Premises Liability FAQ

After a slip-and-fall or any physical accident on another person’s property, you may have numerous questions—who is responsible? Can I recover compensation for my injuries? This FAQ covers the questions most commonly asked of our premises liability lawyers.

What is premises liability?

Premises liability is an area of the law that covers the duties that a property owner has to the entrants of their property. It addresses property defects, dangers, and security that should be provided to visitors.

Who is responsible for my injury?

If your injury was the result of a hazardous condition that existed on the property where you were lawfully invited to be, the property owner or non-owner resident may be liable for the harm that came to you.

If I trip and fall on hotel property, can I recover compensation?

Under certain circumstances, a hotel may be liable for your injury. For example, spilled food or drink that was not cleaned up or a design flaw in the building may have caused you to slip and fall, in which case the hotel could be responsible and you may be eligible for compensation.

If I slip and fall on a broken piece of city sidewalk, is the city responsible?

Cities have a responsibility to keep the streets safe and without hazard for everyone. Depending on the state where the accident occurs, you could be eligible to sue the city; in other cases, state ordinances may prohibit a person from filing a suit.

Where do premises liability cases most often occur?

Though an accident caused by a hazardous condition can happen anyone, some of the most common places include grocery stores, bars, clubs, restaurants, homes of friends, malls, municipal buildings, hotels, etc.

Can owners of residential buildings be held responsible in these cases?

Yes. A property owner of any kind has a duty to maintain safe and hazard-free conditions to lawful entrants.

What are the differences between different types of property entrants?

Property entrants are categorized as either trespassers, licensees or invitees. Trespassers are not invited and have not owed a duty of care by the property owners; licensees and invitees are both lawful entrants, though property owners have a higher duty of care to invitees.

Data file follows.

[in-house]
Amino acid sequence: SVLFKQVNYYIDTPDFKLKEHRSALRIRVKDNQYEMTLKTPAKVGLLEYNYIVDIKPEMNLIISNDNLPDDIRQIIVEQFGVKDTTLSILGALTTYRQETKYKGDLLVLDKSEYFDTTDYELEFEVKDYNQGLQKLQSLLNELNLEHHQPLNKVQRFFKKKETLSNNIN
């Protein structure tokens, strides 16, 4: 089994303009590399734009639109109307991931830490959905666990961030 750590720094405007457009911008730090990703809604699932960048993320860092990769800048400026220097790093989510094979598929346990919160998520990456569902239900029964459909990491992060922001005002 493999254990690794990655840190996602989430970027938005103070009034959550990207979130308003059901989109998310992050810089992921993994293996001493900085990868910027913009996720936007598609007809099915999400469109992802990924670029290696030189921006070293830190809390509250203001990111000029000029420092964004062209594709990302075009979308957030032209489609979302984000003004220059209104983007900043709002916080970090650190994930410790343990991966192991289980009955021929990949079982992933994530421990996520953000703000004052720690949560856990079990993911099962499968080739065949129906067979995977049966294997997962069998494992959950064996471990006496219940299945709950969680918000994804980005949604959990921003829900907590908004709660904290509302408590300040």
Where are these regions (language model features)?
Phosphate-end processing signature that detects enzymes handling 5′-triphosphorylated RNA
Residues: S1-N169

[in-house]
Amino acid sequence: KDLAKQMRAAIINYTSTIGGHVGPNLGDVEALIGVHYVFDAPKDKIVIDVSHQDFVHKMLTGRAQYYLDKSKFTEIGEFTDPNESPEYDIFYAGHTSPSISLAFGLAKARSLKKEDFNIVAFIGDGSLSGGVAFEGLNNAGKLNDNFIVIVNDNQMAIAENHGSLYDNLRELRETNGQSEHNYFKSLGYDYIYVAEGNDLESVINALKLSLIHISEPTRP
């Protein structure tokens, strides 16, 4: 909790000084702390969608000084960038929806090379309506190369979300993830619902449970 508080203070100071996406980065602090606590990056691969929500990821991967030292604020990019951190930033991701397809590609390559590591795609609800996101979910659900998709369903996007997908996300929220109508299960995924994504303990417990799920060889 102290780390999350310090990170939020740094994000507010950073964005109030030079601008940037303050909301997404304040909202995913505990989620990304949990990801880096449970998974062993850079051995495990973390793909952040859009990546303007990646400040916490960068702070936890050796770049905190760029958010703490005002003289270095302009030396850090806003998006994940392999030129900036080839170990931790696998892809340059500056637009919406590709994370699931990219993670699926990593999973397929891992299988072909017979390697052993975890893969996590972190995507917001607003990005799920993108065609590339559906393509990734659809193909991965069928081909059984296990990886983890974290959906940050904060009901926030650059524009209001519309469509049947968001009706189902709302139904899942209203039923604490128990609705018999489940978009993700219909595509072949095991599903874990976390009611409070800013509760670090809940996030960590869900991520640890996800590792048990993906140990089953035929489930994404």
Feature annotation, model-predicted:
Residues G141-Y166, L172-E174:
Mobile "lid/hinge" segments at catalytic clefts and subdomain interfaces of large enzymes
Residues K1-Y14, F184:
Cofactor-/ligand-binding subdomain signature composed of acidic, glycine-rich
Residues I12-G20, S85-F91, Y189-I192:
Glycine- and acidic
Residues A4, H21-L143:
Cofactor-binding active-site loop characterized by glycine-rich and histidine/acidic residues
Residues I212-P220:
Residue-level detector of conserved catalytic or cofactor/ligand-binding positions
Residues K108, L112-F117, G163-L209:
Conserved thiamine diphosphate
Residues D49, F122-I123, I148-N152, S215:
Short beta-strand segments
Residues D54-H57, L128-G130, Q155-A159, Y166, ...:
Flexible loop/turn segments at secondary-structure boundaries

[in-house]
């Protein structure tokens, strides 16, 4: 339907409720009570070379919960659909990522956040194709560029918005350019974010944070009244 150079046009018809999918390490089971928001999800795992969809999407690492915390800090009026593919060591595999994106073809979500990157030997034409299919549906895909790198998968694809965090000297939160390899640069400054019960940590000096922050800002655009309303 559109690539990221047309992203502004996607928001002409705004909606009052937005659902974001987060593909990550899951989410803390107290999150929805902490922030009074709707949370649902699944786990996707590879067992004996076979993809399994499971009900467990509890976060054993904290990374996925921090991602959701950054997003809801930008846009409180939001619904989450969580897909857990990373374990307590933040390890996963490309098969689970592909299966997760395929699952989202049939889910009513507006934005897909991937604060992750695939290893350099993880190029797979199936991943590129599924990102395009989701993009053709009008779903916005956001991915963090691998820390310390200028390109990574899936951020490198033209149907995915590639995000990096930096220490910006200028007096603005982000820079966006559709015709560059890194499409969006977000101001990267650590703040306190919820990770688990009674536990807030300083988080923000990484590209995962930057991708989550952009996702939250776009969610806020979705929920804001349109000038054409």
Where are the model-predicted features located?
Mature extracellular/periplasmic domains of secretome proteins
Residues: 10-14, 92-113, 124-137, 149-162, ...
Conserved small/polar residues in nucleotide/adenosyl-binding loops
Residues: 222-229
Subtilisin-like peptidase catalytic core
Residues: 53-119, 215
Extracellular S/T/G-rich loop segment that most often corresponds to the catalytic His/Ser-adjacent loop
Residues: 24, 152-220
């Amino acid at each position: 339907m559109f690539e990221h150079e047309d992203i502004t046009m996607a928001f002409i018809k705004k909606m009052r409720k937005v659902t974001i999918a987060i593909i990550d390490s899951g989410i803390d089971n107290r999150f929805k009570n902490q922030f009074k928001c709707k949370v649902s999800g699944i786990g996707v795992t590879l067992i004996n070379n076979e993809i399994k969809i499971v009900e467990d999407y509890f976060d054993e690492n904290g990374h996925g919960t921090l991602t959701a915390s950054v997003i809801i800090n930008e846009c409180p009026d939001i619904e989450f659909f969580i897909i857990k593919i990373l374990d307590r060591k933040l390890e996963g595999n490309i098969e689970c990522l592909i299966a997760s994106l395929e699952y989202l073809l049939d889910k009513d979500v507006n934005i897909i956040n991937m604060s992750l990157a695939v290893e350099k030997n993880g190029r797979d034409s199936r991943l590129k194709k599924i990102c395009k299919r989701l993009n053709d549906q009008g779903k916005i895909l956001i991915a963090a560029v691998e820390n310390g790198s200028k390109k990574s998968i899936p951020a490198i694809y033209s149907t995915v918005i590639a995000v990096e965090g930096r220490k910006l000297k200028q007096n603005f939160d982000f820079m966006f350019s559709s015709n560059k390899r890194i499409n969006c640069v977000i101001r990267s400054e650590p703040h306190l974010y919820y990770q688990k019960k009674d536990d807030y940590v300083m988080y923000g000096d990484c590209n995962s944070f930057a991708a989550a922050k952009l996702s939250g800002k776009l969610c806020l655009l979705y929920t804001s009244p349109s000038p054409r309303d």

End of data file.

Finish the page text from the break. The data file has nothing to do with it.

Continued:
What must be proven in a case?

There are four elements of a premises liability case that must be proven:

  • A dangerous condition existed
  • The property owner knew or should have known about the condition
  • The property owner failed to remedy the situation or warn the entrant a dangerous condition existed
  • The entrant was injured as a result of this negligence

What kind of damages are available for claims?

Slip-and-fall accidents can require serious medical treatment and ongoing care. Damages available for such an injury include:

  • Future medical costs
  • Hospital bills
  • Lost wages
  • Mental anguish
  • Pain and suffering
  • Permanent disability
  • Physical therapy
  • Prescription costs
  • Rehabilitative services
  • Surgical expenses

What should I do if I suffer a slip-and-fall on property owned by someone else?

Seek medical attention as soon as possible as injuries can present themselves later
Record all details of the incident including date and time, place, condition under which you were injured, etc.
Collect as much evidence as possible on the accident scene, including photographs and the contact information of any eyewitnesses
Note all conversations had with property owner, insurance adjusters, friends and family
Contact an experienced premises liability lawyer to determine whether you have a valid claim

Contact Our Firm for a Free Case Review

Mike Lewis Attorneys offers free case evaluations for the victims of slip-and-fall accidents. We are prepared to fight for your rights in court and will always seek the maximum amount of compensation available to our clients.

Contact our firm today by filling out the free case evaluation form to the right or call us at 866-299-1769.